Hildebrando de Melo is a creative and talented painter from Angola. It has been said that he “has the unique ability to render a painting that is complex in its simplicity. Restraint dictates his style. It is this moderation, both in terms of color and line, however, that prolongs the viewer’s attention. Even though there are many lines converging within a single work, the plain, oftentimes white, backgrounds provide plenty of open space in Hildebrando de Melo’s paintings. This paradox means that the paintings have an overall feeling of energetic minimalism.” He lives in Luanda, Angola.
Regarding his technique it has been written that, “Hildebrando hasn’t used brushes to paint for more than 10 years, instead using spatulas and knives, tools that ‘sharpen’ the acrylic on the canvas and lend it that characteristic aspect of a ‘puzzle’ of acrylic knives assembled in such a way that they result in just the composition the artist was seeking.”
Tell us where you grew up and how did you become an artist. I was born in Bailundo, the municipality from the City of Huambo and I grew up to age five in Lobito City. Then I went to Portugal for the care of my maternal grandmother, Laura. Which, by the way, it was because of her that the whole family has become Mormon. I remember that at the time, I was in the room in her company and was very fond of the cartoon Lady and the Tramp, with personification of dogs. I speak sometimes of a record of having painted my very new uncle, but here I find it earlier because I think it rode in first class and drew the animation that speaks very realistically. This is where my odyssey begins in the arts. And it is the time my grandmother becomes Mormon. By the influence of my grandmother everyone in the family became Mormons. I was baptized in the city of Porto, Portugal when I was 14 years old.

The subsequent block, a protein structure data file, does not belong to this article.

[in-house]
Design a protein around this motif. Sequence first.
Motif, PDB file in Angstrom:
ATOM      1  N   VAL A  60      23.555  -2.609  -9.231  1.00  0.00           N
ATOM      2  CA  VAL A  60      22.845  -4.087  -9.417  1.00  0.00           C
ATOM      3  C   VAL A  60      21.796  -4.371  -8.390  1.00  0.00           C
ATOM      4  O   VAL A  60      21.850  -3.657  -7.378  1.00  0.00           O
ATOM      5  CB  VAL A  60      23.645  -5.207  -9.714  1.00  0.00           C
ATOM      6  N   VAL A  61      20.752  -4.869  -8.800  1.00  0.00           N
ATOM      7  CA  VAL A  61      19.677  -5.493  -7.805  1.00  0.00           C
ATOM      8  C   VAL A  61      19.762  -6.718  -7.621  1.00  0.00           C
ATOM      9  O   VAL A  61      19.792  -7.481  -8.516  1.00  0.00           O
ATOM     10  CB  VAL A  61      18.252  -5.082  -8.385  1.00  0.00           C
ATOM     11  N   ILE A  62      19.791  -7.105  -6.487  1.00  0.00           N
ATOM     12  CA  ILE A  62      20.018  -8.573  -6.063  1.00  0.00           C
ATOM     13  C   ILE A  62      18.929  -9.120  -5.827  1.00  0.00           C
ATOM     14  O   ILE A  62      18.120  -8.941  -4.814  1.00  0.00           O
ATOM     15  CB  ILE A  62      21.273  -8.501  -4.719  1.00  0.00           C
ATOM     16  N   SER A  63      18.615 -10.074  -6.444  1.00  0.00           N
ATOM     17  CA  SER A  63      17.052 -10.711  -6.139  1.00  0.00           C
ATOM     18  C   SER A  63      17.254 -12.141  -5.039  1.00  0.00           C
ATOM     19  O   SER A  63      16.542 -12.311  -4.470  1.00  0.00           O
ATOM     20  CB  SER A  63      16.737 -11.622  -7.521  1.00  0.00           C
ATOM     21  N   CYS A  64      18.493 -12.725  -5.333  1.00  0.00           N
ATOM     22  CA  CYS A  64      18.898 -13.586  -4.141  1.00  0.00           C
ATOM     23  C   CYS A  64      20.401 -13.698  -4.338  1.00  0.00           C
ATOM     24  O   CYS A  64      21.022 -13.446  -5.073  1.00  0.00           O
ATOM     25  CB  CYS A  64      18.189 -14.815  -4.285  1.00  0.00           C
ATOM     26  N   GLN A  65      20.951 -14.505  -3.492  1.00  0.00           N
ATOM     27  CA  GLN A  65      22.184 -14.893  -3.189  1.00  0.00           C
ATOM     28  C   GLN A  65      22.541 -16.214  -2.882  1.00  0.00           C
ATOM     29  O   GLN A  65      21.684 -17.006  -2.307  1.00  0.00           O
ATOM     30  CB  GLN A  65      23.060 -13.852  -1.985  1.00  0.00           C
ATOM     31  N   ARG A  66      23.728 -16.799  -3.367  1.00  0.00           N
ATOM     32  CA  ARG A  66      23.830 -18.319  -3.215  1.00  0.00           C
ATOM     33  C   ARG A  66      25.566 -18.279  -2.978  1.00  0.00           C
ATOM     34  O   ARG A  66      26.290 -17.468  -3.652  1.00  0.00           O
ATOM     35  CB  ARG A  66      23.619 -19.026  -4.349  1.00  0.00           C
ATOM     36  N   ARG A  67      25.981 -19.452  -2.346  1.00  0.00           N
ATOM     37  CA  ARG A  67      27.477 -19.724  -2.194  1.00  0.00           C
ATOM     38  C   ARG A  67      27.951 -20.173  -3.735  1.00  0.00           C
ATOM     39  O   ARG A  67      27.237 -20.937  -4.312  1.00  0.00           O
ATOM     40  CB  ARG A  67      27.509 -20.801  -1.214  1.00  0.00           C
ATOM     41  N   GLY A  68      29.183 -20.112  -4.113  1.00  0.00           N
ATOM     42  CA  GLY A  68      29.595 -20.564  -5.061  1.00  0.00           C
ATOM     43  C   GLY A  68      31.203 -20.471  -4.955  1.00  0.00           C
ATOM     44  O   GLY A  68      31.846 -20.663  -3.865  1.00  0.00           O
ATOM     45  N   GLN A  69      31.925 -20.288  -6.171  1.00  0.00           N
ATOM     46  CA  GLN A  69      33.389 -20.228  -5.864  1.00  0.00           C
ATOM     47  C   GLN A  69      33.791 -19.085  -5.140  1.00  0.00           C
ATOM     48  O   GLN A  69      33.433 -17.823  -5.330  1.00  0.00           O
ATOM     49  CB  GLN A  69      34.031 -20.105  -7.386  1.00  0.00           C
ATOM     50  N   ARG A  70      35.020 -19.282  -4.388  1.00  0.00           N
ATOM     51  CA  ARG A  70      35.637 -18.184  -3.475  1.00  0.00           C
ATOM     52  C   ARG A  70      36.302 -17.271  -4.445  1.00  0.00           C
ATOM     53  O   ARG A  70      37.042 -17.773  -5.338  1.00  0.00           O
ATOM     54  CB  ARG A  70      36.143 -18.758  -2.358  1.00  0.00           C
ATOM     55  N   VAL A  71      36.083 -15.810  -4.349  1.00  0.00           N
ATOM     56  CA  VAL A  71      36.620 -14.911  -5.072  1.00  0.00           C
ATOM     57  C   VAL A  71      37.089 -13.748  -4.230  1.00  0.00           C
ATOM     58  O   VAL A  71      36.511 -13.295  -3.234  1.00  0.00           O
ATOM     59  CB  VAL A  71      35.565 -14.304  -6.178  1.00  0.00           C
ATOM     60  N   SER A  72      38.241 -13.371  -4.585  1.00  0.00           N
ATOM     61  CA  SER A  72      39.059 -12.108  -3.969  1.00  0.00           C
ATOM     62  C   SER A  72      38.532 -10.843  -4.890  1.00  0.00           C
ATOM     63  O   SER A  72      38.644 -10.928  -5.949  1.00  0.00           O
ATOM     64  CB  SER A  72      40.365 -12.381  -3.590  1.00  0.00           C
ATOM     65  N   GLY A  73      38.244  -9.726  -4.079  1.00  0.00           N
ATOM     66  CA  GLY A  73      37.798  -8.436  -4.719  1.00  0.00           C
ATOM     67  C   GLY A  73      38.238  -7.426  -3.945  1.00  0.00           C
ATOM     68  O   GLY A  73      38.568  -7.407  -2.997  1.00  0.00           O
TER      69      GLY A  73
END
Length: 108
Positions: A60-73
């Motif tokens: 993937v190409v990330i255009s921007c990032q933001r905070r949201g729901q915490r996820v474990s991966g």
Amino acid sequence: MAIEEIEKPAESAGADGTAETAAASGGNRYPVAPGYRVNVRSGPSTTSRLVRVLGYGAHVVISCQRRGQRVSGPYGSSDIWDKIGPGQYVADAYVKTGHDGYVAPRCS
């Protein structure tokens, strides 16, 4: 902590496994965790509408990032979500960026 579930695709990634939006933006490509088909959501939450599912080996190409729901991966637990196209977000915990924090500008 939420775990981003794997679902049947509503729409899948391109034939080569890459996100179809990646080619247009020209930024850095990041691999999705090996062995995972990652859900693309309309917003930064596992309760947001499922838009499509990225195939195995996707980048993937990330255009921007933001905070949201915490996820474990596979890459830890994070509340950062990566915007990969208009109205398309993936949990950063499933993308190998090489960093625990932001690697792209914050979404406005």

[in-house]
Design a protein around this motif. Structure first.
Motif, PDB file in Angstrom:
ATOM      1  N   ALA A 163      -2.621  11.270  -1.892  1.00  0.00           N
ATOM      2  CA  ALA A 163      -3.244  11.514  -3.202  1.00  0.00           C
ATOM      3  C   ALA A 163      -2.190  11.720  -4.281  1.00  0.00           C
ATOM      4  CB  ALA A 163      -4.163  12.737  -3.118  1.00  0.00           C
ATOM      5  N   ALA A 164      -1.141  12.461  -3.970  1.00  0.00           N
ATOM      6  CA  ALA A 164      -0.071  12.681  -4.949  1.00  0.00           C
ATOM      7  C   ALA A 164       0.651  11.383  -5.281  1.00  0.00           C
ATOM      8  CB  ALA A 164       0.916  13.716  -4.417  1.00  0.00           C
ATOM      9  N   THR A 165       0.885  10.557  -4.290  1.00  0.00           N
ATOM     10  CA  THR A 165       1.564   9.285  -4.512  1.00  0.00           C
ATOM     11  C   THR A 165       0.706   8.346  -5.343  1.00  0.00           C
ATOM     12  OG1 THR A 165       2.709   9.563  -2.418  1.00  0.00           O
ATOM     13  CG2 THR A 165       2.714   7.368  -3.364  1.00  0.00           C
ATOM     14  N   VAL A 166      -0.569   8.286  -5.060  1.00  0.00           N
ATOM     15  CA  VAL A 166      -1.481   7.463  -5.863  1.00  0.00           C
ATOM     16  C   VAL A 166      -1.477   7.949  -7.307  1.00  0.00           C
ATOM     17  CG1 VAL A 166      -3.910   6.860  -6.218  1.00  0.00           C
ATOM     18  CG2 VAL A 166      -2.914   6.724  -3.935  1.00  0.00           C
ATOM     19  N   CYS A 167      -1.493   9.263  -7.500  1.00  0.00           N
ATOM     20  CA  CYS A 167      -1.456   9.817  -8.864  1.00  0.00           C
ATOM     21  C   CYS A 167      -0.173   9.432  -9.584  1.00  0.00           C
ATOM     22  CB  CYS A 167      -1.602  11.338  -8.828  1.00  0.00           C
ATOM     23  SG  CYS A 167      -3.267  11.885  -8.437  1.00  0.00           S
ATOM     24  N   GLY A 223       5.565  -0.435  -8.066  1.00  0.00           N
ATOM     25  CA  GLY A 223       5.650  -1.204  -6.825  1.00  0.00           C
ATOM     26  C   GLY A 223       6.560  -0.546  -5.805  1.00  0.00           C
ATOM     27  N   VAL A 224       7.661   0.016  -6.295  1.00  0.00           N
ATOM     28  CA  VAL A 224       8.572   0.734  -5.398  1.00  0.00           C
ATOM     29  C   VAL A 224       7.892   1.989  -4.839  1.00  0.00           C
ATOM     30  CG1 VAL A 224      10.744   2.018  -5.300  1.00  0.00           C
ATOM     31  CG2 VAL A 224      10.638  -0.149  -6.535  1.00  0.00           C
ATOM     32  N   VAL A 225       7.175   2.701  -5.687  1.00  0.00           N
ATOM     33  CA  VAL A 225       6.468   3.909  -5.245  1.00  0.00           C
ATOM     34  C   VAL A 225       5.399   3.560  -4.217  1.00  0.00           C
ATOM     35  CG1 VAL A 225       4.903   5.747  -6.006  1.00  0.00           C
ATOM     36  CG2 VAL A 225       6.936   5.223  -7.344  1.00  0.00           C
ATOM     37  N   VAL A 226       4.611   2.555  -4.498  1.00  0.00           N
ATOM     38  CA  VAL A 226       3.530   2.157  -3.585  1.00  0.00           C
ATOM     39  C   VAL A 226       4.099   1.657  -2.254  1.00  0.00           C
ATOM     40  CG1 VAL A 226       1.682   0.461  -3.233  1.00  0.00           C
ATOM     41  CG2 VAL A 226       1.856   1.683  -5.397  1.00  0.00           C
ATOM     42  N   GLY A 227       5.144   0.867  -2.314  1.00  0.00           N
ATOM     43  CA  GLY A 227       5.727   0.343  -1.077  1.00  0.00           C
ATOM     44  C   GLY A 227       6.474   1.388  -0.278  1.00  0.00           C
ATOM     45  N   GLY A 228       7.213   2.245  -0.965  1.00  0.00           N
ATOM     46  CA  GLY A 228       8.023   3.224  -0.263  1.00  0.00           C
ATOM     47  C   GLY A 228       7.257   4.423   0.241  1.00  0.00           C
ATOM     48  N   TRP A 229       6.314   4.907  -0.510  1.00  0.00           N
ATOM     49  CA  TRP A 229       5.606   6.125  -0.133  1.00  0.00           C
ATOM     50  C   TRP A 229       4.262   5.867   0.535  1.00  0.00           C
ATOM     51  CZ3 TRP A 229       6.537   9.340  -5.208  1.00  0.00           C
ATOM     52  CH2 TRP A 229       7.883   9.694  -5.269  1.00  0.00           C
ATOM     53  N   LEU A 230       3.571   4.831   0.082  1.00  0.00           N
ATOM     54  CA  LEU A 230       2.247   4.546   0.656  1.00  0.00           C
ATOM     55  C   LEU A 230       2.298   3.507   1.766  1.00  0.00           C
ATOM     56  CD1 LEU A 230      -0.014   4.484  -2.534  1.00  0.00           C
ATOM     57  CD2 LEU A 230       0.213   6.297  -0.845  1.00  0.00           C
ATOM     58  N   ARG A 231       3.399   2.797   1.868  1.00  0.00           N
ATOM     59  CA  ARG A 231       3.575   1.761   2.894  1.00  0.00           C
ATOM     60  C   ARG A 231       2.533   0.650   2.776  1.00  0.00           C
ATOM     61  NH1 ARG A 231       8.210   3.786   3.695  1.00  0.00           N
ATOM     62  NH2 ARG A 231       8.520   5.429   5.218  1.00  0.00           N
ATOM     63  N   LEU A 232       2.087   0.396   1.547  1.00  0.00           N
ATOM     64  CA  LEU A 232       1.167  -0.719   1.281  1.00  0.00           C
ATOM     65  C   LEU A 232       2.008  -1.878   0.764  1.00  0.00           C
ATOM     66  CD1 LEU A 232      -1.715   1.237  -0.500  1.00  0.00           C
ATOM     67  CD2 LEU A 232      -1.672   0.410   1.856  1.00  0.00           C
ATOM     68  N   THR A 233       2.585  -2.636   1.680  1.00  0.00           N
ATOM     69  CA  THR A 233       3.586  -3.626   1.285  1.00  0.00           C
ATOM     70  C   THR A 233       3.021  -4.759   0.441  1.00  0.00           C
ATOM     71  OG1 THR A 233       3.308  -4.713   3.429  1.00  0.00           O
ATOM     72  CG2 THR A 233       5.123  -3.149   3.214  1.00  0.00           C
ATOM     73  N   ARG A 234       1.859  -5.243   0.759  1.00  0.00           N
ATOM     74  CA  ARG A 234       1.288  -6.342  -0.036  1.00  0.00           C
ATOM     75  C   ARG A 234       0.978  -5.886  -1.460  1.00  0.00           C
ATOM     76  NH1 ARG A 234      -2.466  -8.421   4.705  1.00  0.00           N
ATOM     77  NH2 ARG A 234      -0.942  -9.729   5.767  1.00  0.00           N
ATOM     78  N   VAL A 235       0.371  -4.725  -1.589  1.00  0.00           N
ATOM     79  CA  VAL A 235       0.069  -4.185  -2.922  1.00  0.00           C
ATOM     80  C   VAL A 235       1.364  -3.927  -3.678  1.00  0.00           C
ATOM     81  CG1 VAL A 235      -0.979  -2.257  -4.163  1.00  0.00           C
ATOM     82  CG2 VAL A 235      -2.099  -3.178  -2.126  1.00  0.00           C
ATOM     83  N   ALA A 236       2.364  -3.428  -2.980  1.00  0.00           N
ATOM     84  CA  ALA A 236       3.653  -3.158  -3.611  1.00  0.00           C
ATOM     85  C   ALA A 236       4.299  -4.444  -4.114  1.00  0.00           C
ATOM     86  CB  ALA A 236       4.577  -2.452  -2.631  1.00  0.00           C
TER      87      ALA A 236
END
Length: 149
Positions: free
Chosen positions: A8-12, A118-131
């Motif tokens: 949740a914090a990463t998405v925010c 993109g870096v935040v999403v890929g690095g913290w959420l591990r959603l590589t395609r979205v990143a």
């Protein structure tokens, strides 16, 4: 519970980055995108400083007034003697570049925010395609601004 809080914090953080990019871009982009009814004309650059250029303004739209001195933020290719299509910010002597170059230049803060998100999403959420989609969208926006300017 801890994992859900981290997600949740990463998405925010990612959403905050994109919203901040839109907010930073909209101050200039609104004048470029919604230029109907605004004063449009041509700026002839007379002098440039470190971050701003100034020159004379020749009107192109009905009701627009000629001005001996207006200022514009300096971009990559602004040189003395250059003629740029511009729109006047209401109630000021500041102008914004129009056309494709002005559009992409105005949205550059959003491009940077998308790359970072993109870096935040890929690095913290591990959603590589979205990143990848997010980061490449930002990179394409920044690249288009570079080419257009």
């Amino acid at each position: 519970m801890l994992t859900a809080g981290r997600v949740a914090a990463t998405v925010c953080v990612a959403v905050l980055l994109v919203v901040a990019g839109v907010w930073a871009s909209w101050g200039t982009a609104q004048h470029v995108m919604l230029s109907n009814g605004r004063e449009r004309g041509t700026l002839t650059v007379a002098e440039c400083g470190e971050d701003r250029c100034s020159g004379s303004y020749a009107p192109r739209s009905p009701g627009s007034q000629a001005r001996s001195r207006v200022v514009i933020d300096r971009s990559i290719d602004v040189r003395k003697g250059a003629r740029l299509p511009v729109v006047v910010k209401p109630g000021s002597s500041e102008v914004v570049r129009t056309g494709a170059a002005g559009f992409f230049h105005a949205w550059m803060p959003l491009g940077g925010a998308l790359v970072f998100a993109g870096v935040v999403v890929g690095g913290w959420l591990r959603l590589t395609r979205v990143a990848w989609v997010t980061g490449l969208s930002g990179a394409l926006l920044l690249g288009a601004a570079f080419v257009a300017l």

What messages do you try to share with your artwork? The idea of God, from which everything is born. The likeness of God hunger nature Chaos existence. Those are my research, within a transmutation or Supra-Trans-African dialogue.